Cow parsley’s white bloom are worth a second look
At this time of year, the countryside is constantly changing as different flora burst into flower.
The water meadows, for example, have been transformed into a dreamy sea of yellow almost as far as the eye can see, as the buttercups take their place in the sun for a short while. It is a scene that no photo or line of writing can do justice – you just have to walk among it and take it all in.
The hawthorn blossom is spectacular at this time as well, bringing hedgerows and footpaths alive with an abundance of pungent white flowers that are starting to go pink as they move towards their fruit stage.
For the past month or so, my attention has also been drawn to the masses of cow parsley flowers foaming on tall stalks along roadsides and shady woodland paths. As I write, this spectacle is starting to dissipate but throughout last month the cow parsley was in its magnificent pomp.
Nature writer Richard Mabey wrote of the phenomenon: “Cow parsley is arguably the most important landscape flower in Britain. For nearly all of May, almost every country road is edged with its froth of white blooms.”
Typically, this fleeting time of cow parsley comes and goes without me really noticing. So widespread is its range, and so unremarkable its predictable spring arrival that I take cow parsley for granted, overlooking it in my search for less common wonders.
But an observation in mid-May changed all that. Walking along the river by the Old Swimming Place I was following the flight of an orange tip butterfly when it landed on a cow parsley flower and immediately disappeared. On closer inspection, I realised that the insect had closed its wings, hiding its distinctive orange markings, and was making use of the green and white mottling on its underwing to blend in perfectly with the cow parsley flowers.
I was blown away – the camouflage was complex and incredibly effective. I’d noticed the mottled pattern many times before but had no idea this species had evolved to resemble cow parsley so closely. Both butterfly and flower emerge in mid-April, so it makes sense they might develop a relationship – but the sophistication of the camouflage was such that I couldn’t help thinking that our current understanding of evolution and natural selection is inadequate in explaining such wonderful developments in our natural world.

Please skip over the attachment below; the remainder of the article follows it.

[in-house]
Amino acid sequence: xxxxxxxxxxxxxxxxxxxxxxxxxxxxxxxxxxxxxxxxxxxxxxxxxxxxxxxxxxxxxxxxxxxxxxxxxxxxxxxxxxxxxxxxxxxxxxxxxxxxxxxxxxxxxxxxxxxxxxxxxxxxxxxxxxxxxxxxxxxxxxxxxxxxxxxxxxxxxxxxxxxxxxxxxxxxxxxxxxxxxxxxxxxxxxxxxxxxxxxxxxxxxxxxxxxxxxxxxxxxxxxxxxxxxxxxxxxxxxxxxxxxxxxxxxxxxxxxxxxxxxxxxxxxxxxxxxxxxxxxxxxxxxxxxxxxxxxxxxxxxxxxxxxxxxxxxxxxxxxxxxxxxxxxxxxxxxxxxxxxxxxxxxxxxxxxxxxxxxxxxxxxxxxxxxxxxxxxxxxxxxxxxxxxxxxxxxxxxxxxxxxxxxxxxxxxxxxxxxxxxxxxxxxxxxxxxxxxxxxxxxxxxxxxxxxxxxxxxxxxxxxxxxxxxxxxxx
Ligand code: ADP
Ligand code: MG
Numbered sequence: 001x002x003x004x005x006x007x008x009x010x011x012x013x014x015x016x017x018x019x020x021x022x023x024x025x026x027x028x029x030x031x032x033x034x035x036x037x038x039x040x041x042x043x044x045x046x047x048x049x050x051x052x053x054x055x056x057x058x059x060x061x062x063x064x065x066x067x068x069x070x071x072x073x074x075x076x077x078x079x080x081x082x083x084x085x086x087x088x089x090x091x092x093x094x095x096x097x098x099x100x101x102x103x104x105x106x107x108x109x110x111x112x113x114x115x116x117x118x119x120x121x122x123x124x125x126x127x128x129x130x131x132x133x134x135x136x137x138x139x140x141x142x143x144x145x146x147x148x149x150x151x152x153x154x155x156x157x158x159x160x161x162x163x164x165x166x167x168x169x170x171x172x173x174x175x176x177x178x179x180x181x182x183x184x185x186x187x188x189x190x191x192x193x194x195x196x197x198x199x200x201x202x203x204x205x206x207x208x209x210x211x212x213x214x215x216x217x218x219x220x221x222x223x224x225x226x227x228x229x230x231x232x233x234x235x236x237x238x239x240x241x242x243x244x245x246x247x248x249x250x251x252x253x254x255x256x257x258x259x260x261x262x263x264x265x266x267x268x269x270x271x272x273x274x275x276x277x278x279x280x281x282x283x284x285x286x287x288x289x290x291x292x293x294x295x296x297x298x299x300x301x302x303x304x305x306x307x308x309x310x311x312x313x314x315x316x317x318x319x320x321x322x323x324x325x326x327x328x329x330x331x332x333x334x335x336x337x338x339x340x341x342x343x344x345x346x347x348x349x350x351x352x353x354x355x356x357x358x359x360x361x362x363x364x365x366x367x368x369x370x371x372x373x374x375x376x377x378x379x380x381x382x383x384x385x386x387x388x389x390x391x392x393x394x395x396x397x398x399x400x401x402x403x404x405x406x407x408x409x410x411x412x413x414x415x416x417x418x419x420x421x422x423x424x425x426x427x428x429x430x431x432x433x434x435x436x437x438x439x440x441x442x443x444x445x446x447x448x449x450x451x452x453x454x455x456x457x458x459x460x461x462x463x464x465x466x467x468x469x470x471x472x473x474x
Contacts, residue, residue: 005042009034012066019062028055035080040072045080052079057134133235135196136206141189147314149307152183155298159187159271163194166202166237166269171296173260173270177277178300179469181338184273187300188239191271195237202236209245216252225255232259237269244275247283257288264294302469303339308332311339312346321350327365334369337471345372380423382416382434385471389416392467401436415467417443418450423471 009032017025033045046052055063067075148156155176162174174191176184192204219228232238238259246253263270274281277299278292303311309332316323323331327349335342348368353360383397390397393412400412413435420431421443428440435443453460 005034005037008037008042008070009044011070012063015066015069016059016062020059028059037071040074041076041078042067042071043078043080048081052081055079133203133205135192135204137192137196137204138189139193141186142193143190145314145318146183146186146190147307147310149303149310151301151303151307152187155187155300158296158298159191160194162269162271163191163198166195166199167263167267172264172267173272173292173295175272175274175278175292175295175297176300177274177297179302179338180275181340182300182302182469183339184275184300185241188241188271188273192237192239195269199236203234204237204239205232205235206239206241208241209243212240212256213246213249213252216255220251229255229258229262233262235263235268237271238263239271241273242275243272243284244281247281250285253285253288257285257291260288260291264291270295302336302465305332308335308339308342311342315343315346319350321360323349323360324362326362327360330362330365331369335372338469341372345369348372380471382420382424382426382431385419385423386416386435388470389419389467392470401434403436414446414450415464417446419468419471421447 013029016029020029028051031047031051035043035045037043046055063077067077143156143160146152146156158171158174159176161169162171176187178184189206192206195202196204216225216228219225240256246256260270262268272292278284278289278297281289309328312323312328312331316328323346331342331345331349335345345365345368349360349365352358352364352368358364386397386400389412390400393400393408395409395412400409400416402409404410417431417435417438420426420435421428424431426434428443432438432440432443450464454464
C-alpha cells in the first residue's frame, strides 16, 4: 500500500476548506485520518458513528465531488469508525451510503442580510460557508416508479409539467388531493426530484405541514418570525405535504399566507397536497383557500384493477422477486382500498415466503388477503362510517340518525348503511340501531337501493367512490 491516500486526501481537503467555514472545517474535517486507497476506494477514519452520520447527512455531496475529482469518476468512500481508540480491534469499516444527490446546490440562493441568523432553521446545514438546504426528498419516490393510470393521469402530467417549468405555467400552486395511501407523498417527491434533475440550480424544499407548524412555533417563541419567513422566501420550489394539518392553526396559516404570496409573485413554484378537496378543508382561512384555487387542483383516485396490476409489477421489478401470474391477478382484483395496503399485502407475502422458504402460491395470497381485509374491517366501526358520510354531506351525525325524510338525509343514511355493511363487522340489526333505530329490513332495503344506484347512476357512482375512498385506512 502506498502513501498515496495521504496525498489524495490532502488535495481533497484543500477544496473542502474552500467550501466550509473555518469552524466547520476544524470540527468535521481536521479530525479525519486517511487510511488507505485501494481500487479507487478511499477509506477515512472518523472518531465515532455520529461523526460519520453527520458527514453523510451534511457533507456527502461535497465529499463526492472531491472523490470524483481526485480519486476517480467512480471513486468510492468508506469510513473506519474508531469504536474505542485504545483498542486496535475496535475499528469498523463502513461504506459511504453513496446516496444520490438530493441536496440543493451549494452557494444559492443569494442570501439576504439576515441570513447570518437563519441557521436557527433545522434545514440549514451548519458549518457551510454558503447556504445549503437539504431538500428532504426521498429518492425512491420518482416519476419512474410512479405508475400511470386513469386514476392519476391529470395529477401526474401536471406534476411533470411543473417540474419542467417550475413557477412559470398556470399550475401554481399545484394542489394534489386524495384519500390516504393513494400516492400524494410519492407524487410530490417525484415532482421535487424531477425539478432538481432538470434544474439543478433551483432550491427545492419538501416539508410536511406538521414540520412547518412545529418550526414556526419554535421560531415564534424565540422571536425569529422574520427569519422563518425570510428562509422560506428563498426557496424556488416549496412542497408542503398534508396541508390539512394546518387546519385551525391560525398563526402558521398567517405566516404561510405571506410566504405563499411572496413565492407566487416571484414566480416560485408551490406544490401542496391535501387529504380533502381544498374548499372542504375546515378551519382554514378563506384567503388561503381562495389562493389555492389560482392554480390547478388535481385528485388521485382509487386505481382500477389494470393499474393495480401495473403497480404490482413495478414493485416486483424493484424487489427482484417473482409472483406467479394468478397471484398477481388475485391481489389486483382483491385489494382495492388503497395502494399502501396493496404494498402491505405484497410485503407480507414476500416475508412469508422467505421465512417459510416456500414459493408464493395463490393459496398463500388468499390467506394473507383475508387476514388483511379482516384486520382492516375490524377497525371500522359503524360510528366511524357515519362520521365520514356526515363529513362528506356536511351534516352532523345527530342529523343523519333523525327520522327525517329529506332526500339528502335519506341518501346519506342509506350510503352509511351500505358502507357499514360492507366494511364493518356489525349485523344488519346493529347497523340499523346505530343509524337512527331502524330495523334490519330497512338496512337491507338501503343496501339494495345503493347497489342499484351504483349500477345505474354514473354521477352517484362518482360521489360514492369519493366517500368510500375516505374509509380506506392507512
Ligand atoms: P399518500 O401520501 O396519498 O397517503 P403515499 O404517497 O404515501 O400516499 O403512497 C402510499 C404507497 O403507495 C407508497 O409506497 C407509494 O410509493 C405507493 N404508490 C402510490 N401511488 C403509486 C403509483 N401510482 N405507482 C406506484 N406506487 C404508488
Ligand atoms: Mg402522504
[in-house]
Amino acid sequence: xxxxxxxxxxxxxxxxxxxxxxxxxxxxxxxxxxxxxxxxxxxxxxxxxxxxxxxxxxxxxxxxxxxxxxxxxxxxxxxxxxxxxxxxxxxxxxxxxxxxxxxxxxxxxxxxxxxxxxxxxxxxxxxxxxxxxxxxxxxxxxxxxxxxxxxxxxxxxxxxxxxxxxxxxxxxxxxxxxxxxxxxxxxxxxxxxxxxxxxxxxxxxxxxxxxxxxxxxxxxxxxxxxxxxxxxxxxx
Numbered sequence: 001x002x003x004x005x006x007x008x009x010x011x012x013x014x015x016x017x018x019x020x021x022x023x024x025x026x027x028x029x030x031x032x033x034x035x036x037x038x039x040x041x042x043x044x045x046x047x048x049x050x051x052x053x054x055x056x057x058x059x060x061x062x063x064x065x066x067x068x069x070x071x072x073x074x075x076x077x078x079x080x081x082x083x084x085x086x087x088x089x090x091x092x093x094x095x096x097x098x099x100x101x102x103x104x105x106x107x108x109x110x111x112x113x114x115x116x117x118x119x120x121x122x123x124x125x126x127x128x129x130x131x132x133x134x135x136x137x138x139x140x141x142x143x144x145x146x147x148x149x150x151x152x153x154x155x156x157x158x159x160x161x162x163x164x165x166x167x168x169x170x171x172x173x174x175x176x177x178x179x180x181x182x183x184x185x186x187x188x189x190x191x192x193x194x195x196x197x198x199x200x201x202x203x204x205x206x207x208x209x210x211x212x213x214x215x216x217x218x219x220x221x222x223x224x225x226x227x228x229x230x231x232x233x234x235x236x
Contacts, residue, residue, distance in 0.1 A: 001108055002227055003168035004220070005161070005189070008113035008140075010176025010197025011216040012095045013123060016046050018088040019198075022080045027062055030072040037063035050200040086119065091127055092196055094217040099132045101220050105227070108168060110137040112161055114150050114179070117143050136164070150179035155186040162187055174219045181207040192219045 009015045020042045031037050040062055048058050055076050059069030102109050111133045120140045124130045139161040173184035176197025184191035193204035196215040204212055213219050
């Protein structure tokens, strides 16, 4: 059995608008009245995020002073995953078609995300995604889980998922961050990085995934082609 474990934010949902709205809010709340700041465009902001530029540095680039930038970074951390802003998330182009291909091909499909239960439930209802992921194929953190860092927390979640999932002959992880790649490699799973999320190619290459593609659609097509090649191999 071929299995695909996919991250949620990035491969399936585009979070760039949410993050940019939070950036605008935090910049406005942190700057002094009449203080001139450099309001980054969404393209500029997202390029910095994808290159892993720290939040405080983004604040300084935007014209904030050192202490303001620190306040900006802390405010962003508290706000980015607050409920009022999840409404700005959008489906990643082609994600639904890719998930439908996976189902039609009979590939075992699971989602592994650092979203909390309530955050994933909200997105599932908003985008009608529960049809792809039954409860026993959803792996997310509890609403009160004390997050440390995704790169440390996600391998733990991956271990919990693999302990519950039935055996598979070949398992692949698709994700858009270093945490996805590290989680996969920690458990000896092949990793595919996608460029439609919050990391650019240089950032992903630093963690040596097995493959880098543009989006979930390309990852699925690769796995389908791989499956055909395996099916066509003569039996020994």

That one moment made me see cow parsley, or wild chervil, as it sometimes known, anew. It’s everywhere during May and it lights the way.
I remember as a child, cow parsley wasn’t a plant that was looked on favourably; I had the impression that there was something dark about this whitest of white flowers, and that I should stay away.
I know now that this is because the flowers and leaves of cow parsley look very similar to hemlock – a deadly poisonous plant that, famously, philosopher Socrates was forced to ingest as punishment for corrupting the youth of ancient Greece.
In some parts of Britain cow parsley was colloquially known as ‘mother-die’ – relating to a folklore that warned young children that their mother would keel over if the plant was taken indoors. Presumably, this story was thought up to stop children playing with cow parsley in case they handled hemlock instead.
Apparently, the way to tell cow parsley and hemlock apart is through the stem – hemlock has a purple-spotted stem while cow parsley has a green one.
I’ve discovered online foragers who say they use the young leaves of cow parsley in salads, but they advise it is not worth taking the risk unless you are 100% sure.
Talking of salads, cow parsley is part of the umbellifer family, which also includes carrots, celery and parsnips. A defining feature of this family is what is known as an umbel structure to its flower head, which sees a number of short flower stalks spread from a common point – like umbrella ribs. The word umbel comes from the Latin umbella which means ‘parasol shade’.
Another colloquial name for cow parsley that I rather like is Queen Anne’s lace. One explanation for this is that the Stuart Queen Anne suffered from asthma, and so would often take walks in the countryside for fresh air. As she passed the flowers of cow parsley, they reminded her of the lace pillows that her ladies-in-waiting carried, and so created this name for them.
Ross Bentley, Trustee of the Sudbury Common Lands Charity